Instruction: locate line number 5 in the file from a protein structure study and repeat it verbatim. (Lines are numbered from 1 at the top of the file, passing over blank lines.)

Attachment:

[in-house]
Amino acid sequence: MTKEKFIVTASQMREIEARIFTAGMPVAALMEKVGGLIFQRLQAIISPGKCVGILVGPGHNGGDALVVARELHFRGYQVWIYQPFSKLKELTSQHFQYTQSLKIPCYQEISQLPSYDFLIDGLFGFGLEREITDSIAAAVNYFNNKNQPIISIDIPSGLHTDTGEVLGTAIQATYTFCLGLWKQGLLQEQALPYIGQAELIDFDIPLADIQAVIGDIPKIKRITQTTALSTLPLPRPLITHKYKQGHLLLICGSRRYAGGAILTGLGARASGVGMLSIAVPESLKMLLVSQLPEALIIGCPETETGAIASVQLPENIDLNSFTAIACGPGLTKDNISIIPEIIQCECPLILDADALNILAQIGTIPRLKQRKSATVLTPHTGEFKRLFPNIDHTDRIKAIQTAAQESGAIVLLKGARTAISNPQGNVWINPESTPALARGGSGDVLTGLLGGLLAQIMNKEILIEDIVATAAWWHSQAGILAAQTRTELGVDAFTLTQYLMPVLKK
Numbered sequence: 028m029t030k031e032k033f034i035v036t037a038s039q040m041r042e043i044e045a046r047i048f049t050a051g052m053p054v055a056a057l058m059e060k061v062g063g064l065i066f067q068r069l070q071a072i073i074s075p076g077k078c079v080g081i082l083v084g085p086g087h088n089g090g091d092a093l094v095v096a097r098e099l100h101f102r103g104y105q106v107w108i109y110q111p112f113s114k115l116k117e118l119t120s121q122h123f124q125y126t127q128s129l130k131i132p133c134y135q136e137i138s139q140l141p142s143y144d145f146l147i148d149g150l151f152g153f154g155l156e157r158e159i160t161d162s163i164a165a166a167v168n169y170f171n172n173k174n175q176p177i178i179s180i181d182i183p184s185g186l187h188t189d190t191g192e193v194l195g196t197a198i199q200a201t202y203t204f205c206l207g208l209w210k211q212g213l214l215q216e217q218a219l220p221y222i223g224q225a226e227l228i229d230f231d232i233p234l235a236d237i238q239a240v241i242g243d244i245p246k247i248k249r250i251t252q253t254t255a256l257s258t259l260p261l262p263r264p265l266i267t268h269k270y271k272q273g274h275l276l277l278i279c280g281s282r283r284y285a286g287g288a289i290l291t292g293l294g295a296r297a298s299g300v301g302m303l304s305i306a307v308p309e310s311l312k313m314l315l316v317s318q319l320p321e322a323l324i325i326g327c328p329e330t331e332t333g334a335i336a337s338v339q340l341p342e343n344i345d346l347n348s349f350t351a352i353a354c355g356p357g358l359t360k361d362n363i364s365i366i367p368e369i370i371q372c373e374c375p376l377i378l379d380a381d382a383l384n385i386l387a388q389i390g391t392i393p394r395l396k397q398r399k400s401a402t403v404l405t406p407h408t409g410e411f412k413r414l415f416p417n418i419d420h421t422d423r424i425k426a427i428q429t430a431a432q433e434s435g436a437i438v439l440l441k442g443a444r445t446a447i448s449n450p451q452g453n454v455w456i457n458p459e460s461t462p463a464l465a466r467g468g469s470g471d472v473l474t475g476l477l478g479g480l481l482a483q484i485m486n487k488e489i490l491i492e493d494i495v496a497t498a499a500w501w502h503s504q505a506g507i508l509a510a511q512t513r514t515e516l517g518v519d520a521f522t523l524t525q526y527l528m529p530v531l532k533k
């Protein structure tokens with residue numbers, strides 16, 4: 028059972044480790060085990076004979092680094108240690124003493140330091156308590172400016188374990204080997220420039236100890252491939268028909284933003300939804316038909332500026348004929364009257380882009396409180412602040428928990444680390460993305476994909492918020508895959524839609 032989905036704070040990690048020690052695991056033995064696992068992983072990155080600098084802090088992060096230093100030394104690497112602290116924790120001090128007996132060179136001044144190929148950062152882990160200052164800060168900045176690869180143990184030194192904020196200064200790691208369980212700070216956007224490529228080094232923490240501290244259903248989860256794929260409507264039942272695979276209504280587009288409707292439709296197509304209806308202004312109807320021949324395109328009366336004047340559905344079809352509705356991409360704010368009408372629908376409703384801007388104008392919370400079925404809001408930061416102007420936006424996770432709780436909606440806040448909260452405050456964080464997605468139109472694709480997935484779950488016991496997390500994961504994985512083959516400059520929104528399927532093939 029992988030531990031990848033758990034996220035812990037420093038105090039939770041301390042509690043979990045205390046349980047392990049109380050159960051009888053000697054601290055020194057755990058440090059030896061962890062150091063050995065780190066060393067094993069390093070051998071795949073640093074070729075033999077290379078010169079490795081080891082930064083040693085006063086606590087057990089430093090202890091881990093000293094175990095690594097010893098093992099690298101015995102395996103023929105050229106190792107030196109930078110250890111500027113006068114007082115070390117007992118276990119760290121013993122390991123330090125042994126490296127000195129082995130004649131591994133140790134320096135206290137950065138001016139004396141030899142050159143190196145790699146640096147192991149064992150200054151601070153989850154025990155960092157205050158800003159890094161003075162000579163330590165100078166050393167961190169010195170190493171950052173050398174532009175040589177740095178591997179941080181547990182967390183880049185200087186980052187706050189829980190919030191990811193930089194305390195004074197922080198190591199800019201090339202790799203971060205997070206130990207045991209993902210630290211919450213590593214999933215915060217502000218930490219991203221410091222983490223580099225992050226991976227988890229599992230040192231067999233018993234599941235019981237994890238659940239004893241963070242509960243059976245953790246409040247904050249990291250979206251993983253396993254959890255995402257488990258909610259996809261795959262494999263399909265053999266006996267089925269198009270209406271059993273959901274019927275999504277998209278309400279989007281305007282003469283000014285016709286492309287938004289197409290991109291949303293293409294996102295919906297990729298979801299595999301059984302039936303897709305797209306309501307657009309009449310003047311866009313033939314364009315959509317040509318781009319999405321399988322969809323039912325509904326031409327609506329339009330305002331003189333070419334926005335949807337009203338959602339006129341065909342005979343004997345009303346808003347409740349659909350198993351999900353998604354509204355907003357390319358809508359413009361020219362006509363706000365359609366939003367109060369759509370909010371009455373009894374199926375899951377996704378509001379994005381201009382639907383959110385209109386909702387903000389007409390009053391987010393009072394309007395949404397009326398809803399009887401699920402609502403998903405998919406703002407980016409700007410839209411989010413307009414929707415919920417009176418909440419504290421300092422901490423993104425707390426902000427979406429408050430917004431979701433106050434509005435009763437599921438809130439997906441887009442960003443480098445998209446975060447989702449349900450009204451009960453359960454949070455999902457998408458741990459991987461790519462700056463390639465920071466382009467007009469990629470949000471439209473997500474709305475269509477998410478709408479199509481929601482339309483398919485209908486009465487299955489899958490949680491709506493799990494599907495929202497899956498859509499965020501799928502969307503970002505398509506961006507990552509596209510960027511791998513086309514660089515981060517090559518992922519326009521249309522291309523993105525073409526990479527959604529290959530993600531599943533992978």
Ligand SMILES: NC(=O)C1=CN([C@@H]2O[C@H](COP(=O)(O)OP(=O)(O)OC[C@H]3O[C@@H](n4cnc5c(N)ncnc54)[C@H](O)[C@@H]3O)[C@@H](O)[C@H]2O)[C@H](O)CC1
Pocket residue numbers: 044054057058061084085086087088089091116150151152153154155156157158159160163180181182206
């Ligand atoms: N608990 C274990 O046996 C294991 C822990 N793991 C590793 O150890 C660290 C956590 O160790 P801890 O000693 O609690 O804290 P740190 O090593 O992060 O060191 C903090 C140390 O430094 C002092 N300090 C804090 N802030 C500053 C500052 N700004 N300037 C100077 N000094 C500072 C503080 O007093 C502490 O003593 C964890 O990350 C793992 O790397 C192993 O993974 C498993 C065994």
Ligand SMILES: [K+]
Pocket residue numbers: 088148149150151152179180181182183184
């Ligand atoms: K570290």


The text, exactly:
Ligand SMILES: NC(=O)C1=CN([C@@H]2O[C@H](COP(=O)(O)OP(=O)(O)OC[C@H]3O[C@@H](n4cnc5c(N)ncnc54)[C@H](O)[C@@H]3O)[C@@H](O)[C@H]2O)[C@H](O)CC1